As the temperature warms on the early May afternoon, the sun shines brightly above us and onto the white stone walls of Venice’s Ca’ di Dio, the “floating city’s” elegant new boutique hotel. A spin through the revolving doors and we’re in a historic Venetian palace where contemporary design meets luxurious comfort. Milan-based Spanish architect Patricia Urquiola redesigned the 66-room hotel using materials sourced from small, local producers. Some furnishings even come from her own Studio Urquiola.
The oldest parts of the palazzo-turned-hotel date back to 1272. Centuries-old statues, plasterwork, and decorative details throughout add to its layered history. And then there’s the haunting, subtly woodsy notes of the hotel’s signature scent whirling around you. It was created uniquely for this property that sits at the edge of the Arsenale district, home of the Art Biennale.
Our suite is on the third floor, appointed with timeless Italian design and facing the lagoon. I’m smitten with the one-of-a-kind Murano glass lamps in shades of amethyst, amber, and sage, the leather-belt detailing running down the sides of the bed’s headboard, and the ochre-hued marble in the bathroom. Every detail is thought out, including impossibly soft cotton sheets and towels, locally sourced and made for comfort.
We pry ourselves away from our suite and explore the sculptures in the nearby giardini, or garden parks. There, French neo-pop artist Richard Orlinski’s impressive sculptures in neon yellow, royal blue, and stark white sit on raised black platforms. Effigy, Lion, Thinking Kong, and others call for you to walk around them and take in their geometric design as part of the Art Biennale.
After a requisite walk around St. Mark’s Square, over the Rialto Bridge, and down other lesser-known streets, we get ready for dinner. If you prefer not to walk, you can order a gondola directly from the hotel and float to your chosen destination.
Our next stop is the hotel’s Alchemia Bar, next to the cozy Reading Room, where mixologist Davide mixes, shakes, and pours three classic gin-based cocktails using the hotel’s own gins: Rosa, Blue Tea, and Sál, which is made using the lagoon’s salt water. My favourite is the delicate floral Mosceniga made with the rose gin, Calvados, lime, sugar, egg white, smoked maraska sour cherries, and raboso chinato (a grape bitters). Bowls of olives and olive-oil-fried chips accompany our drinks while we watch the sun begin to set. Aperitivo hour has arrived.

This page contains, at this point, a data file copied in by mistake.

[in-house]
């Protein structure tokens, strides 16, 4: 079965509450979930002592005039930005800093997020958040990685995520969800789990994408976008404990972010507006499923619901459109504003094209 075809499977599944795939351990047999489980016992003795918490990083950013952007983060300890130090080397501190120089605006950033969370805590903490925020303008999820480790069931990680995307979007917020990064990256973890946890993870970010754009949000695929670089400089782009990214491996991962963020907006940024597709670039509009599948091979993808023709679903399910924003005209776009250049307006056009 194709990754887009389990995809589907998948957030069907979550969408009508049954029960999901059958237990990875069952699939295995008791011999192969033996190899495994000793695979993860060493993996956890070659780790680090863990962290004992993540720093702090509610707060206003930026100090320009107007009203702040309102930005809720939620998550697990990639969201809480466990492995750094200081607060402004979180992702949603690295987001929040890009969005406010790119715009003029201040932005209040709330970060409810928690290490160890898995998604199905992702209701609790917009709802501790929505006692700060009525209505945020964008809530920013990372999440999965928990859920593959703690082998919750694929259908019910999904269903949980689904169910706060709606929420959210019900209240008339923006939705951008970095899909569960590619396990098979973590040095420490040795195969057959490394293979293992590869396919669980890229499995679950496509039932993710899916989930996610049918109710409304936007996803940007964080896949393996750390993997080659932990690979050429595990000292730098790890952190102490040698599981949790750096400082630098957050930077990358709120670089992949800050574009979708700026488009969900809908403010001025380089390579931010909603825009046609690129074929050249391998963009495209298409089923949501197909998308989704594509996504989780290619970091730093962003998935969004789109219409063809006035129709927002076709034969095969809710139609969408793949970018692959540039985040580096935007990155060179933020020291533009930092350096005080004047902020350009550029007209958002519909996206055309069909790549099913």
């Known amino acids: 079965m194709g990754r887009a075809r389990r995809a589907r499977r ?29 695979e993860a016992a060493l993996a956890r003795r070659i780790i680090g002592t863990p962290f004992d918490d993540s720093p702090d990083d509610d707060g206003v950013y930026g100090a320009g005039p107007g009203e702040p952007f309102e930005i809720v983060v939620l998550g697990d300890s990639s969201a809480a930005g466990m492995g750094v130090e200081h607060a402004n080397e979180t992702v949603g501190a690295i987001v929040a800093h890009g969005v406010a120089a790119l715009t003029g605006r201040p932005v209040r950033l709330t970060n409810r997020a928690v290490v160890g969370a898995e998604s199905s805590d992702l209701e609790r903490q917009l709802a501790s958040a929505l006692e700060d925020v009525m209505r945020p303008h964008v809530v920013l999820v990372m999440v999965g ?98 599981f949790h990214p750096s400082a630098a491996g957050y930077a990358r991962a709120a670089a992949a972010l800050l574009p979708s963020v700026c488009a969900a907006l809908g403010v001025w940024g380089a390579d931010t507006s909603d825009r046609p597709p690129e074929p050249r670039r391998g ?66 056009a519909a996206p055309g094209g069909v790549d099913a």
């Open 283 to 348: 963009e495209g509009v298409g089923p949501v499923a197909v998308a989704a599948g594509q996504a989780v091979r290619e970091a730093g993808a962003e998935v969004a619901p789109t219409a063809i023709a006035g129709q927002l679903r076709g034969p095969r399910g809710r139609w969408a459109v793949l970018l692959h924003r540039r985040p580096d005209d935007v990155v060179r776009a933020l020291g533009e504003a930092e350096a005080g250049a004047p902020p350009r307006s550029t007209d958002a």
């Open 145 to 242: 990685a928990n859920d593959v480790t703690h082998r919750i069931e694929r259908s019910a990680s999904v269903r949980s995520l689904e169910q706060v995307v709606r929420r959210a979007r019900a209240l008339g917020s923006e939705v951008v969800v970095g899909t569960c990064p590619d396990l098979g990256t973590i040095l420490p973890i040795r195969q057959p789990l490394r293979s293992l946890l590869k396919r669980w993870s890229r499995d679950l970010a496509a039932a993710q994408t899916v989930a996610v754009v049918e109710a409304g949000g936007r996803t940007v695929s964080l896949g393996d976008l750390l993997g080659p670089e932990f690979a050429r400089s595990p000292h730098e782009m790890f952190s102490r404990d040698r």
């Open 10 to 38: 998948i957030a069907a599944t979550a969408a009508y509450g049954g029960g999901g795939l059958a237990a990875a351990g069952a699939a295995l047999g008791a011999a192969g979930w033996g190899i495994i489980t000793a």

Out on the large patio facing the lagoon, we take our seats at VERO, the hotel’s regionally focused restaurant, and prepare for a Venetian culinary immersion. Executive chef Raimondo Squeo reinterprets classic Venetian dishes with influence from his native Puglia using the best from land and sea—some of the produce comes directly from the hotel’s own garden. There are lovely options for vegans and vegetarians as well.
My quasi-vegetarian daughter is thrilled, and she devours her vegetable-based meal with polenta “chips,” while I try the local vialone risotto prepared with onion fondant, egg yolk, aged Asiago, and Venetian hen’s breast. My husband’s Queen of Montello Beef fillet with ratte potatoes, mustard sauce, and asparagus pairs beautifully with a glass of Loredan Gasparini’s Della Casa, a blend of merlot, cabernet sauvignon, cabernet franc, and malbec. We watch the sun set over the lagoon, enjoying our beautiful desserts and a glass of Adriatico, an almond liqueur with hints of sea-salted caramel.
In the morning, we head to the Essentia Restaurant, its courtyard lined with mimosa and magnolia trees, where we enjoy a full breakfast, including pastries, omelettes, fresh fruit, and organic yogurt.
As we stroll around the building one last time, we ask the concierge what distinguishes this luxury property from others in Venice. She replies, “Most hotels here are very traditional. This property was designed to make our guests feel like they’re at home.” She tells us that the lobby was once part of a church, and the hotel itself housed pilgrims on their way to Jerusalem. Welcoming guests, she says, has always been the “soul” of the building. And it still is.